In Emily Out of Focus by Miriam Spitzer Frankin, 12- year-old Emily flies with her parents to China to adopt and bring home a new baby sister.
Emily is excited but nervous to travel across the world. She's uncertain about the new baby. After twelve years alone with her parents, her life is about to change.
In the adoption trip group, Emily meets Katherine, a Chinese American girl whose family returned to China to adopt a second child. As the girls become friends, Katherine reveals a secret: she's determined to find her birth mother, and she wants Emily's help.
With her parents busy with the new baby, Emily is eager for adventure. But helping Katherine means sneaking out of the hotel to post fliers in the park where Katherine was left as a baby. Emily wants to be a good friend. Plus, she has a feeling that snapping photos of Katherine at her "finding spot", the spot where her birth mother left her, will help her win an important photo contest.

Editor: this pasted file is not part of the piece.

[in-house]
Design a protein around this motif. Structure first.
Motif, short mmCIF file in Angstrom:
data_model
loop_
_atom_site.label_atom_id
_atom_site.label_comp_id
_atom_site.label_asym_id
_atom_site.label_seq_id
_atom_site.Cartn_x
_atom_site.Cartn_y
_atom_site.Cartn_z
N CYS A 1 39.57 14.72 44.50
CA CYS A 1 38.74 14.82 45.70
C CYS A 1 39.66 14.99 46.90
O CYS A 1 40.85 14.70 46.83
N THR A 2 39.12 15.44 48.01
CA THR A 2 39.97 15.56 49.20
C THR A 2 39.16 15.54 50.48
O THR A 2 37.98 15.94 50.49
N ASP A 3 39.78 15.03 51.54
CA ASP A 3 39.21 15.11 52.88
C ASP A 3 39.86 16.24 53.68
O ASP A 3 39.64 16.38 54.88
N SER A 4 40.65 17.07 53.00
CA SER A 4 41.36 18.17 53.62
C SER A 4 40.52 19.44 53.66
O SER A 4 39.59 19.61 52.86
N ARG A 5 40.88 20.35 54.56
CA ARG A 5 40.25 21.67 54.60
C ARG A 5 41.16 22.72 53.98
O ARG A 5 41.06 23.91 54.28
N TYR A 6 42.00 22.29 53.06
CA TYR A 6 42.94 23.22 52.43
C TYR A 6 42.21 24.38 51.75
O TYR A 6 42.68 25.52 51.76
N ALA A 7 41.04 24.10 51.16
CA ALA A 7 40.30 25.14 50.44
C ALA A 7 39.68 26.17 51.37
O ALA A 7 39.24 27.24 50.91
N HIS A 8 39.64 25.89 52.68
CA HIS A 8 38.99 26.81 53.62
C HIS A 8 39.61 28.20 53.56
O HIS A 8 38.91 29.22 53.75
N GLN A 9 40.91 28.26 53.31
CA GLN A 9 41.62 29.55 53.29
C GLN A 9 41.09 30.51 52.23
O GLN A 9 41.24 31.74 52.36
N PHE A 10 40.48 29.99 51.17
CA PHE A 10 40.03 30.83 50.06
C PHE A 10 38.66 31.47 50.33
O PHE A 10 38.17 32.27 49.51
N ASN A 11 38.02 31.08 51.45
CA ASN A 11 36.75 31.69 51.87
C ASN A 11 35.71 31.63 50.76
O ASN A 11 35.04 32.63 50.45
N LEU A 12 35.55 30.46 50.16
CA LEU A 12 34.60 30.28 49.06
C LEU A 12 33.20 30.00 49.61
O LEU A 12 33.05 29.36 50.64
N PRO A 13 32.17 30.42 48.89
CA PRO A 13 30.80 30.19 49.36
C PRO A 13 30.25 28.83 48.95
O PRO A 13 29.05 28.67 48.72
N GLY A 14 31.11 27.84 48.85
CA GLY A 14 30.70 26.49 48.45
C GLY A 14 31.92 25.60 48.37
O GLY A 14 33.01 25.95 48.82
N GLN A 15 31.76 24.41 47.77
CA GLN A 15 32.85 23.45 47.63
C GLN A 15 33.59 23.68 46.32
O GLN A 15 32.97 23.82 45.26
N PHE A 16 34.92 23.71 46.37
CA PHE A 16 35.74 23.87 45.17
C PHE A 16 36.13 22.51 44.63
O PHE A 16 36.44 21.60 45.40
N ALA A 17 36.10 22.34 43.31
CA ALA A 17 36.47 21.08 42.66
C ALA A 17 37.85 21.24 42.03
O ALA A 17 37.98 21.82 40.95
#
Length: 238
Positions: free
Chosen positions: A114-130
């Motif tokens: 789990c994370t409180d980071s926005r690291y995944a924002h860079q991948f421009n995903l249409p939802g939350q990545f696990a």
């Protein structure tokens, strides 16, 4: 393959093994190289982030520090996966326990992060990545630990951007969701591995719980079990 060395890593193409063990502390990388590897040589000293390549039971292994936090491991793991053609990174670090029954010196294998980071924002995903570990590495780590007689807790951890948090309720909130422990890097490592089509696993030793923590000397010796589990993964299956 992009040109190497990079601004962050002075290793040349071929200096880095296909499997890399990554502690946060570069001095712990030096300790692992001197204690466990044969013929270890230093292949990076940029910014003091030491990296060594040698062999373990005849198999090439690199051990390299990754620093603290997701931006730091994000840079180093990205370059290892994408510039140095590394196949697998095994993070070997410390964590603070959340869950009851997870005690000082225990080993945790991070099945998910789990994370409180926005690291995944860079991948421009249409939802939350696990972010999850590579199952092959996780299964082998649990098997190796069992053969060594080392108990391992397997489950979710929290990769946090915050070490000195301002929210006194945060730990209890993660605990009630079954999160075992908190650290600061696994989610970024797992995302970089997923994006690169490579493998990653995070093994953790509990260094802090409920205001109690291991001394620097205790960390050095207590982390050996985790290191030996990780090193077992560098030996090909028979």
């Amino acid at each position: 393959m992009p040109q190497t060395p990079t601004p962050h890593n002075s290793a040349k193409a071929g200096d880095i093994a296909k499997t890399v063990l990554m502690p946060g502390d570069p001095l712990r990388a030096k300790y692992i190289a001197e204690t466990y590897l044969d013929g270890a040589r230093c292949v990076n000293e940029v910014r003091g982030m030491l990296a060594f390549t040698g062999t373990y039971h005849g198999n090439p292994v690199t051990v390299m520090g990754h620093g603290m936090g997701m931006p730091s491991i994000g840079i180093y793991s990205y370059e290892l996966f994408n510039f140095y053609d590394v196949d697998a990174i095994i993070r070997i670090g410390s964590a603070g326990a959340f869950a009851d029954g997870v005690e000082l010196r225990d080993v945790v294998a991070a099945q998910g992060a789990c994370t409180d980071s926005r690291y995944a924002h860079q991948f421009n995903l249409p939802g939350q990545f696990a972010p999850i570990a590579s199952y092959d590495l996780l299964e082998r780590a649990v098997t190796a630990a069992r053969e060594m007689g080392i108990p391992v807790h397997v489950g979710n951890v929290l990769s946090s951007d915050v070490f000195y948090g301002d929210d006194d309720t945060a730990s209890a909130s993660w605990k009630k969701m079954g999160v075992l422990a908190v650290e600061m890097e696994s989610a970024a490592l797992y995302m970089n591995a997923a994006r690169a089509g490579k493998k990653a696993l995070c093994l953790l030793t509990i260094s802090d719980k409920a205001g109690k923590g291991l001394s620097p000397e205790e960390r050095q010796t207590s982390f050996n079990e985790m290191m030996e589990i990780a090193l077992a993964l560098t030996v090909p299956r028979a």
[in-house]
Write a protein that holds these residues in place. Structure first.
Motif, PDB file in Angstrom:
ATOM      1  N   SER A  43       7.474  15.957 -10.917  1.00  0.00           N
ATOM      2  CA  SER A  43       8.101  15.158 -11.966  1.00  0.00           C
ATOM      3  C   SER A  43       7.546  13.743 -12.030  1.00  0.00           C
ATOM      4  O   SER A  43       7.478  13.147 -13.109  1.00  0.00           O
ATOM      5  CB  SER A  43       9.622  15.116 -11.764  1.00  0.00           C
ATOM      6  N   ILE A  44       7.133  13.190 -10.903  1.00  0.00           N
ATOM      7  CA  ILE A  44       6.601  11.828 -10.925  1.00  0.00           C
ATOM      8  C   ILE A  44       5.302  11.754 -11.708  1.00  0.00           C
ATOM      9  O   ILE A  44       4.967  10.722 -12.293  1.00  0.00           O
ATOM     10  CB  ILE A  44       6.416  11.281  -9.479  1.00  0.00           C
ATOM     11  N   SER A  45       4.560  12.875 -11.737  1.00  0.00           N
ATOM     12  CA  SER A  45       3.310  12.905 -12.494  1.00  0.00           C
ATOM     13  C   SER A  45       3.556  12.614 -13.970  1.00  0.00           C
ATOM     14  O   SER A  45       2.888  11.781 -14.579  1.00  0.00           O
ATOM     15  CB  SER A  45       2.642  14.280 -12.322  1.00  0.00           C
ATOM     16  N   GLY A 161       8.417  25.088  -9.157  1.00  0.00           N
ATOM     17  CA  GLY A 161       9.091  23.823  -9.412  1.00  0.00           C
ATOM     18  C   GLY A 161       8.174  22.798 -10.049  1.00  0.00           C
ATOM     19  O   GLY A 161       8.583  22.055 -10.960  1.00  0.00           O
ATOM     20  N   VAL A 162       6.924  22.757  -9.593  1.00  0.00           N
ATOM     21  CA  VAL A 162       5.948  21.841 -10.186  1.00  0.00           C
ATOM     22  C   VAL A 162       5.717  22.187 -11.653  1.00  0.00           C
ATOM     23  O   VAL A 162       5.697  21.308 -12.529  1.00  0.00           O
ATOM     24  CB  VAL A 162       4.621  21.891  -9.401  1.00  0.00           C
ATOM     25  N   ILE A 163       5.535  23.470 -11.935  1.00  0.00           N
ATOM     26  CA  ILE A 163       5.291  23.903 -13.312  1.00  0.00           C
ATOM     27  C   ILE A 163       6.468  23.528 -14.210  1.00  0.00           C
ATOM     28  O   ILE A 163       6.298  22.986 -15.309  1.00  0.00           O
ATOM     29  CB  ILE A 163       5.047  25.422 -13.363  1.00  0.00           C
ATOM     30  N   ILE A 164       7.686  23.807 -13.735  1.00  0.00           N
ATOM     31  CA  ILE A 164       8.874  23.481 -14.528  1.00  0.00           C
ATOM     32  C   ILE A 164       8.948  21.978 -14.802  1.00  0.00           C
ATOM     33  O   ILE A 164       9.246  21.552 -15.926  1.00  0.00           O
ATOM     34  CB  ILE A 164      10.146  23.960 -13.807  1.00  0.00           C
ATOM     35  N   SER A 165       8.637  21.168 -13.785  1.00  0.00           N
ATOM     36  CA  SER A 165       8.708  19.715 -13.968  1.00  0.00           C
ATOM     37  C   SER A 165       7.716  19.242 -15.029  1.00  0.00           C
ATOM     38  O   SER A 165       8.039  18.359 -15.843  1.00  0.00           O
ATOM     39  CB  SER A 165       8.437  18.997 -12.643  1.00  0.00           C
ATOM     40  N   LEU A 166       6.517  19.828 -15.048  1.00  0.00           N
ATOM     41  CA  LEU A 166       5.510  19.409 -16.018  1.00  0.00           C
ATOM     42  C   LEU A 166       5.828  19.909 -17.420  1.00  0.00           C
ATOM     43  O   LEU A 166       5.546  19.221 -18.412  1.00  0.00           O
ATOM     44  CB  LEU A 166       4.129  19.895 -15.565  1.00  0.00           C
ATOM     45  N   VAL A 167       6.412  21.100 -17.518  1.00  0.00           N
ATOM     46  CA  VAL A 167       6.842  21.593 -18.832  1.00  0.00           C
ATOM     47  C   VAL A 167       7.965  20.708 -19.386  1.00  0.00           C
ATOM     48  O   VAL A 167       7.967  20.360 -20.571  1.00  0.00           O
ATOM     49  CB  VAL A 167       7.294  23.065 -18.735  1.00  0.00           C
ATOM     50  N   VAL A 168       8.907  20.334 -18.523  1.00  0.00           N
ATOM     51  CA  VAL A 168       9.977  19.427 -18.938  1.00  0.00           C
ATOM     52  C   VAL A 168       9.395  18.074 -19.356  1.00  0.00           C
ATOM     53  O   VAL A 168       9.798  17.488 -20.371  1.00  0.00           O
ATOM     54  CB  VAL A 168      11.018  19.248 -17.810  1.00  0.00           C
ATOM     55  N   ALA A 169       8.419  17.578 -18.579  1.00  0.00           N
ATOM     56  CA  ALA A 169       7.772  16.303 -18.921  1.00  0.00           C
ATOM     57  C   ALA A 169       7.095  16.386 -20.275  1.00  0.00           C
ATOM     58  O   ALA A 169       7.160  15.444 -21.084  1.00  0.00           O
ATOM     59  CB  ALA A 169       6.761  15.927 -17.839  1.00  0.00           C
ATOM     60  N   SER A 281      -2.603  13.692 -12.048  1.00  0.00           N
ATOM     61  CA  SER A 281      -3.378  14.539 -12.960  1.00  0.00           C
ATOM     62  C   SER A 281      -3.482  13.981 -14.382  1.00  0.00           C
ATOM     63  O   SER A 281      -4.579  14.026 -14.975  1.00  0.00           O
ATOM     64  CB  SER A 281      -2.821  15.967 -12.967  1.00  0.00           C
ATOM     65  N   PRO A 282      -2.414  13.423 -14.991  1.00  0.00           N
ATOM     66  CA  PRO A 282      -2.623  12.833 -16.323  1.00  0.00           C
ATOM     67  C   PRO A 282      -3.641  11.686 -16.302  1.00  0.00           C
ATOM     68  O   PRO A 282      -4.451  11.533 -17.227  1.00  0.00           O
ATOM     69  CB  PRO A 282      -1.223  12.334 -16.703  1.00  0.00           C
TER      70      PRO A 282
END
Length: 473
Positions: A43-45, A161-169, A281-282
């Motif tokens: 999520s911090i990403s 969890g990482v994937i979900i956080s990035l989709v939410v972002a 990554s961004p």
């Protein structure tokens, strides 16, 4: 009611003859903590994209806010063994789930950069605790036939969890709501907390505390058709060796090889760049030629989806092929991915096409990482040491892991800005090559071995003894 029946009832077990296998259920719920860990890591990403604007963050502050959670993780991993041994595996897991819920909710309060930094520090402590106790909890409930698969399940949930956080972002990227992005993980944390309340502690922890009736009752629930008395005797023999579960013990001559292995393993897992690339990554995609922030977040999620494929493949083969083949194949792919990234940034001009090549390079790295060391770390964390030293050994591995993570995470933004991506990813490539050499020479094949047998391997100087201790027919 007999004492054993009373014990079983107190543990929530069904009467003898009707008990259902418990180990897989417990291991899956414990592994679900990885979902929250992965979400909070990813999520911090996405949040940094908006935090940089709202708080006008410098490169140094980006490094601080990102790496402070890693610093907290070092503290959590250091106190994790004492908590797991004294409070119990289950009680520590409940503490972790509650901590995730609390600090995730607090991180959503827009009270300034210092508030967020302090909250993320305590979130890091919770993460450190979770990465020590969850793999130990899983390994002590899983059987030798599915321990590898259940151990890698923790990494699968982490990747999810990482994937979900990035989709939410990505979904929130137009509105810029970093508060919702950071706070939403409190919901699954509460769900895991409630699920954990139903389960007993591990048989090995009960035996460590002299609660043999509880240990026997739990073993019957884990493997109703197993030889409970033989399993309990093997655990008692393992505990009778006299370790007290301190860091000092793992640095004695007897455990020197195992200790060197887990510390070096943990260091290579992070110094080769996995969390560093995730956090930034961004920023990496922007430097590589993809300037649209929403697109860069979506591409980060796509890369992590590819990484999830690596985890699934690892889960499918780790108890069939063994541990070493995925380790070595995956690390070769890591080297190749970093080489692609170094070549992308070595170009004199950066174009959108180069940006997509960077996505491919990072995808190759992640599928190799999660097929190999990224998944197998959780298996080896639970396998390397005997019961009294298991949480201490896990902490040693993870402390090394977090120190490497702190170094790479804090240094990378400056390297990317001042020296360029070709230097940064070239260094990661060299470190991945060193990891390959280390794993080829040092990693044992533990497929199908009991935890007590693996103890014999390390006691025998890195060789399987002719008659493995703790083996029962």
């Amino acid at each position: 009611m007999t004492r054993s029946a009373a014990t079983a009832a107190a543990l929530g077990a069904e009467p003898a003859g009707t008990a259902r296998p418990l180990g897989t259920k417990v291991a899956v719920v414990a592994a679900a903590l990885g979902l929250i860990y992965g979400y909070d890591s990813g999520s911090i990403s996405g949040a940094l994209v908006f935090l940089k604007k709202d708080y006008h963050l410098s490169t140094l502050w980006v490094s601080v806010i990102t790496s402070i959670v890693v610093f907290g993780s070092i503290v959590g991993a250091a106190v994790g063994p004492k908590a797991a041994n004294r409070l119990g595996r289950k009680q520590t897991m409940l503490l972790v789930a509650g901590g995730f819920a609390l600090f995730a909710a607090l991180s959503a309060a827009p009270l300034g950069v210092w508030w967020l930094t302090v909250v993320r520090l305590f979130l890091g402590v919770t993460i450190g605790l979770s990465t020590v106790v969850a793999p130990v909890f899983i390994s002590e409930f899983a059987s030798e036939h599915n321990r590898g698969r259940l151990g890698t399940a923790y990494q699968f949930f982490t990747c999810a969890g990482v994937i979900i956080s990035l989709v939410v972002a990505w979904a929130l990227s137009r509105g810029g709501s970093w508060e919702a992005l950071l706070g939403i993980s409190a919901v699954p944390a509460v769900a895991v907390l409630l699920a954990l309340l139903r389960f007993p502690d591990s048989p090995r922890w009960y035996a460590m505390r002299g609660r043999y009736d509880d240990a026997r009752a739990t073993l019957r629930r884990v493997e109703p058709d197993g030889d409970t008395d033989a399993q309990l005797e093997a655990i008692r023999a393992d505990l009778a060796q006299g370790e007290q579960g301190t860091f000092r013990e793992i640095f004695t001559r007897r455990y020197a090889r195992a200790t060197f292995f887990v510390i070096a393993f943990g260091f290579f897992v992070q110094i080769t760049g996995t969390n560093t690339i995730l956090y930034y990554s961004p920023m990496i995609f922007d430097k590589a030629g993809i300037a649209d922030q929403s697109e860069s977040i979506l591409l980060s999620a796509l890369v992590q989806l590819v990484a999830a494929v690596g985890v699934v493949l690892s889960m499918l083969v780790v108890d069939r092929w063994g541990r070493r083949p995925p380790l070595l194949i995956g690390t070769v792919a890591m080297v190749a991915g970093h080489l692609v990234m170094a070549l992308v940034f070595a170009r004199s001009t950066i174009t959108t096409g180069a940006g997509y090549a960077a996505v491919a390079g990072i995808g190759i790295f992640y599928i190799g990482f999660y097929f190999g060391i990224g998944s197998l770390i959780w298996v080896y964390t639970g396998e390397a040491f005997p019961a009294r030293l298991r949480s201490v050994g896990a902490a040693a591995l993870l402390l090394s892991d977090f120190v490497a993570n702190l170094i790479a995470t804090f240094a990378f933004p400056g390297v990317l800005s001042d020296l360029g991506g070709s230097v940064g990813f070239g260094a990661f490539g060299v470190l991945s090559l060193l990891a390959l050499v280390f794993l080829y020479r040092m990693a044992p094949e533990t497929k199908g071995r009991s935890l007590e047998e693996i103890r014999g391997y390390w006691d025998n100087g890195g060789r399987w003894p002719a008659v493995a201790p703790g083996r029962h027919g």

I loved how Emily grows throughout this story. Initially jealous of her new sister, trips to the orphanage and Katherine's "finding spot" help Emily learn to appreciate the meaning of family.
This book is full of rich setting details. The author adopted a daughter from China, and this story overflows with the scents and sights she experienced. Perhaps more importantly, it depicts the intense emotion of international adoption. I was left with the sense that we all have common bonds--adopted moms and dads with their children, adopted siblings with each other, and adopted children with their biological families.
My rating: Five stars
About the author:
Miriam Spitzer Franklin is a former elementary and middle school teacher who currently teaches homeschooled students and is a writer in residence with the Charlotte-Mecklenburg Schools. She lives with her husband, two daughters, and two cats in Charlotte, North Carolina.